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Miss Bala Review

The 2011 Mexican film on which Miss Bala is based sounds more interesting. Recent criticism leads one to presume the first film was more exciting, as well. Catherine Hardwicke’s remake stars Gina Rodriguez (a Golden Globe winner for the CW hit “Jane the Virgin”) as Gloria Fuentes, a makeup artist from Los Angeles, who gets kidnapped by the Las Estrellas gang after visiting an old friend, Suzu (Cristina Rodlo), in Tijuana.

As Gloria attempts to locate Suzu—a contestant in the Miss Baja California pageant—after a shootout at a local nightclub, Gloria is forced to blow up a DEA safe house by gang leader Lino Esparza (Ismael Cruz Córdova—former “Sesame Street” resident Mando). This action brings Gloria into the sights of roguish (i.e., goateed) DEA agent Brian Reich (Matt Lauria from “Friday Night Lights”), who threatens prison if Gloria does not cooperate with catching Esparza. Now, Gloria has to save herself, as well as find the missing Suzu.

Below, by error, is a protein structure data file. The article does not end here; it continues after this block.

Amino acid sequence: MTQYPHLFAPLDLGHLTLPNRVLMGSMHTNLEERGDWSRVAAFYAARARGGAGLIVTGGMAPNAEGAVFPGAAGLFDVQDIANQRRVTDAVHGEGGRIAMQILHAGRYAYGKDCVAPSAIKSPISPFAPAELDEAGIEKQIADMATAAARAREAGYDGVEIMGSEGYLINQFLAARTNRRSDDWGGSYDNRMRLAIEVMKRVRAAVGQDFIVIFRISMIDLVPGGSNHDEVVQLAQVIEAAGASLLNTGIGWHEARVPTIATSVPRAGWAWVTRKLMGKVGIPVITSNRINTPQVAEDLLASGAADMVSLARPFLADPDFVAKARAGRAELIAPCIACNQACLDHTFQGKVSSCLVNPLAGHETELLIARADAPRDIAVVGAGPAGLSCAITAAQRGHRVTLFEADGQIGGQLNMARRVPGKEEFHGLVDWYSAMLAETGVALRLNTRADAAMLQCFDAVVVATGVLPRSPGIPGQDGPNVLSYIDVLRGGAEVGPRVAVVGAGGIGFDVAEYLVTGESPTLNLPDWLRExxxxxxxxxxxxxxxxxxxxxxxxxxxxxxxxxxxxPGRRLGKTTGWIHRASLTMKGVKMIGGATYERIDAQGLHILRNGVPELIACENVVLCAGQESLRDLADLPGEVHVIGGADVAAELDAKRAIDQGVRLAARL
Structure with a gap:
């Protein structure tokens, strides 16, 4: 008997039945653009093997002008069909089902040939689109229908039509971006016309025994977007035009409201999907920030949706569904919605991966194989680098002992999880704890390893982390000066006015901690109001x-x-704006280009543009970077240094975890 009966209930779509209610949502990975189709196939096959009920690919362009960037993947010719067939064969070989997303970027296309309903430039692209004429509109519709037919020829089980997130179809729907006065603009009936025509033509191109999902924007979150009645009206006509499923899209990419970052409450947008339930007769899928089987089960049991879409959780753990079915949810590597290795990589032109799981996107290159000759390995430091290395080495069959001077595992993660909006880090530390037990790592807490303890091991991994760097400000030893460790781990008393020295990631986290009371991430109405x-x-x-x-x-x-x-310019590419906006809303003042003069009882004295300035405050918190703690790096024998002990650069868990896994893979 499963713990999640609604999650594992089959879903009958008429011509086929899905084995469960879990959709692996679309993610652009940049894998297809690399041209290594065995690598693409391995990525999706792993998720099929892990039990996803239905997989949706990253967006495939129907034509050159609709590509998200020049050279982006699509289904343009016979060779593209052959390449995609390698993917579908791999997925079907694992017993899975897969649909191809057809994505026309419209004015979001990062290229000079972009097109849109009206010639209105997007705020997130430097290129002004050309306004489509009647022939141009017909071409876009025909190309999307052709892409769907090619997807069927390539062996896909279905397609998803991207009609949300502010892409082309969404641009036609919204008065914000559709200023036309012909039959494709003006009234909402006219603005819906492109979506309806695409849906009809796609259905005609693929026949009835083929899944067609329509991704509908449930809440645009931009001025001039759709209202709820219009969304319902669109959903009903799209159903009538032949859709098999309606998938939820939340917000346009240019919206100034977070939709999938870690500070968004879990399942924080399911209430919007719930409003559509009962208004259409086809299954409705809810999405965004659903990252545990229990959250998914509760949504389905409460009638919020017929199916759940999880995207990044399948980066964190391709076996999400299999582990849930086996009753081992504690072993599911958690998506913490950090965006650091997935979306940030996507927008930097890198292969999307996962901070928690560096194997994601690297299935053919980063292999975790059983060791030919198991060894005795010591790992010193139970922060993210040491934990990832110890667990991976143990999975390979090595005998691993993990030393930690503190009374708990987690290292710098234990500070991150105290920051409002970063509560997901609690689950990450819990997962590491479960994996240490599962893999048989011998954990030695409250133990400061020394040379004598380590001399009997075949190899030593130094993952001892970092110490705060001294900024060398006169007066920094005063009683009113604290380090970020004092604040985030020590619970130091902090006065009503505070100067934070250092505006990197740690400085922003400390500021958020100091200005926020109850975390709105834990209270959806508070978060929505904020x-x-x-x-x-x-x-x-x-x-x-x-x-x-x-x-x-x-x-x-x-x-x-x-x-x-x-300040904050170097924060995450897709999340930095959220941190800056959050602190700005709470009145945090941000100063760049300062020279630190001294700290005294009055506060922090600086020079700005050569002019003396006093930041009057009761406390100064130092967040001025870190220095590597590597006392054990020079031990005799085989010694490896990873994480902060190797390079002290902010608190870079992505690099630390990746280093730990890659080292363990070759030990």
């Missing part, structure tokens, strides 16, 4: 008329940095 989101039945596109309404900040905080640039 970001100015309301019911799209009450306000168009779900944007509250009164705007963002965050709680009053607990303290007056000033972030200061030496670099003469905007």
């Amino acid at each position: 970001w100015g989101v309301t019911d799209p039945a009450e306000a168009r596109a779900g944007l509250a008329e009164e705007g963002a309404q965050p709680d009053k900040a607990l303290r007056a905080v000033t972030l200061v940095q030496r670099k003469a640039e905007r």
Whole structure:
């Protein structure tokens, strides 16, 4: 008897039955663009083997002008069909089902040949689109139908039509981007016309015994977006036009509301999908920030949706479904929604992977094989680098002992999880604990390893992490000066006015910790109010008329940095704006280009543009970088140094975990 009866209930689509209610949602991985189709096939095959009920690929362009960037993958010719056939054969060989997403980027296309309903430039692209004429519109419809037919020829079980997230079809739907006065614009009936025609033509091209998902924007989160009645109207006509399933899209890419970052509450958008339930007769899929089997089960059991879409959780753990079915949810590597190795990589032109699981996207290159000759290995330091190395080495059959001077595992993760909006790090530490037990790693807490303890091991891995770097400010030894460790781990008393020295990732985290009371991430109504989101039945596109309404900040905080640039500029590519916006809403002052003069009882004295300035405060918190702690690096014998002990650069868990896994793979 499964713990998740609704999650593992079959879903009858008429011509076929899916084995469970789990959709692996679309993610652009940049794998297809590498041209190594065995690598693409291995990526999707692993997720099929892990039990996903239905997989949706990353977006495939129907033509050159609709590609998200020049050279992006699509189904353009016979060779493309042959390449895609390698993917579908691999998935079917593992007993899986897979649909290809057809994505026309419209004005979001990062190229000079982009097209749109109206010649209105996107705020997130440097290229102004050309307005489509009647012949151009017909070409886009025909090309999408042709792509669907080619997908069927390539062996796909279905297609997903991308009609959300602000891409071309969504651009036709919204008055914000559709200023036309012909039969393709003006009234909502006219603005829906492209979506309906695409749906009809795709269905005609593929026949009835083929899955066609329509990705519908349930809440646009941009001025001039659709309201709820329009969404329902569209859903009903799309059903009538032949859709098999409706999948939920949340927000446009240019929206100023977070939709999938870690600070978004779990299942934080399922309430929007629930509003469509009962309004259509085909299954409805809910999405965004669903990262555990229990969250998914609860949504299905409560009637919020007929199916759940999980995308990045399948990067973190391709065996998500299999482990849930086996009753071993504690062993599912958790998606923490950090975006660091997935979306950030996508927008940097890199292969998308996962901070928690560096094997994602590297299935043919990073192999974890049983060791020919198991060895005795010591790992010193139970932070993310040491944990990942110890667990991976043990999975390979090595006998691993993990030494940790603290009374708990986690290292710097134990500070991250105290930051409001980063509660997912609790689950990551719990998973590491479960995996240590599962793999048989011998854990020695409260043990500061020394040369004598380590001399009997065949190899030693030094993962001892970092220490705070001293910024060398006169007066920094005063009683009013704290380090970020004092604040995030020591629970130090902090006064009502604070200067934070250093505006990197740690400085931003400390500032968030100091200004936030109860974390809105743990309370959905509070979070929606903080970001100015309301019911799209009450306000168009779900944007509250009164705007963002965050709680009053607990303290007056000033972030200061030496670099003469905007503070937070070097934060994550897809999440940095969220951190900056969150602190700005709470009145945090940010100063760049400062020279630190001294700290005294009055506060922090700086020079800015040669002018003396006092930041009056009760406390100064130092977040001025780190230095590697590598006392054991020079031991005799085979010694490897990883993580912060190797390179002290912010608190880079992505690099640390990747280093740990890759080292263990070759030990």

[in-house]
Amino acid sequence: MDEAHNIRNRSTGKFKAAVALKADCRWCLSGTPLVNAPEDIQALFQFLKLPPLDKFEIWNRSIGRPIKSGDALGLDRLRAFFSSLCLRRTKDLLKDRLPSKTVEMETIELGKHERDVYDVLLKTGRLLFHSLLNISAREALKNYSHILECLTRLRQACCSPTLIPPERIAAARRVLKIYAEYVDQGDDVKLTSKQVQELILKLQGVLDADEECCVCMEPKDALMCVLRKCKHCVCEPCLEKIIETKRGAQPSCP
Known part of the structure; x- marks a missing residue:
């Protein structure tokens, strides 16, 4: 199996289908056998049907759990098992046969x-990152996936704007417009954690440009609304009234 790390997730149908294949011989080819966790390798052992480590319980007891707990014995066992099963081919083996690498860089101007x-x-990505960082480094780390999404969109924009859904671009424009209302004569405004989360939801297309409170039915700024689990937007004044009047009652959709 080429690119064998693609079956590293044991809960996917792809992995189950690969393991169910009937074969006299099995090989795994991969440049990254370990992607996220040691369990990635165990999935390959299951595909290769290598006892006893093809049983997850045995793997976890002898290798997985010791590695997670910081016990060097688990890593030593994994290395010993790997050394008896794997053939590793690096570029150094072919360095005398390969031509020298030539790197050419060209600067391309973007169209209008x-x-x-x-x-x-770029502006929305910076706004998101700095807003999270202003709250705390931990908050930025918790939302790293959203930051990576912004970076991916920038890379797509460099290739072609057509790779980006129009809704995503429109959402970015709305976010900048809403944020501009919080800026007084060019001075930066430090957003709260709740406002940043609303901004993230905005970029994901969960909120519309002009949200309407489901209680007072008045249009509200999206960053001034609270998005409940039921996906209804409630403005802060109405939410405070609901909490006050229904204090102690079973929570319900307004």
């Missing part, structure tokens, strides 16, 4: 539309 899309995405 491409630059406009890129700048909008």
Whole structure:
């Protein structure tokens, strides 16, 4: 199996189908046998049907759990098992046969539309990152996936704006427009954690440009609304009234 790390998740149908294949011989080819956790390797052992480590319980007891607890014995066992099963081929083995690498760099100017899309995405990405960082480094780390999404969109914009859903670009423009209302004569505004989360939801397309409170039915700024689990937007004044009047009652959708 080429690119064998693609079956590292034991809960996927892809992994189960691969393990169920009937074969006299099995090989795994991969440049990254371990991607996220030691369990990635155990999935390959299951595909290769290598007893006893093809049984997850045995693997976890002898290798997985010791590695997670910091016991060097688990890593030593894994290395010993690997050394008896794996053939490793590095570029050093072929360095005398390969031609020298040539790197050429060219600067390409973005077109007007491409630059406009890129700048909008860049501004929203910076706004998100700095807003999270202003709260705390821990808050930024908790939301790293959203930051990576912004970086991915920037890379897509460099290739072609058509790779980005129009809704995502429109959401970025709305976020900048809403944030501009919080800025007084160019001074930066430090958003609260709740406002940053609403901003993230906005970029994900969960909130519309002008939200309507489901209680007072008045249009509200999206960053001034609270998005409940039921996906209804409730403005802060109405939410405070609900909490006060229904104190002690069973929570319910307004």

The movie trots out too many lazy plot devices (dumb kid turns on cell phone that allows drug dealers to find Gloria) and hoary clichés (are any Mexican officials not corrupt?) to overlook, despite its beautiful locales. The movie argues against itself as a tempting ad campaign for Mexican tourism that simultaneously provides its own counterargument against traveling south of the border. The film needs more pulp in its setup, but the wild finish from the pageant on shows promise for any potential sequel the last scenes surprisingly tease. I thought I was pretty good at sniffing out prospective franchises, but Miss Bala caught me flat-footed.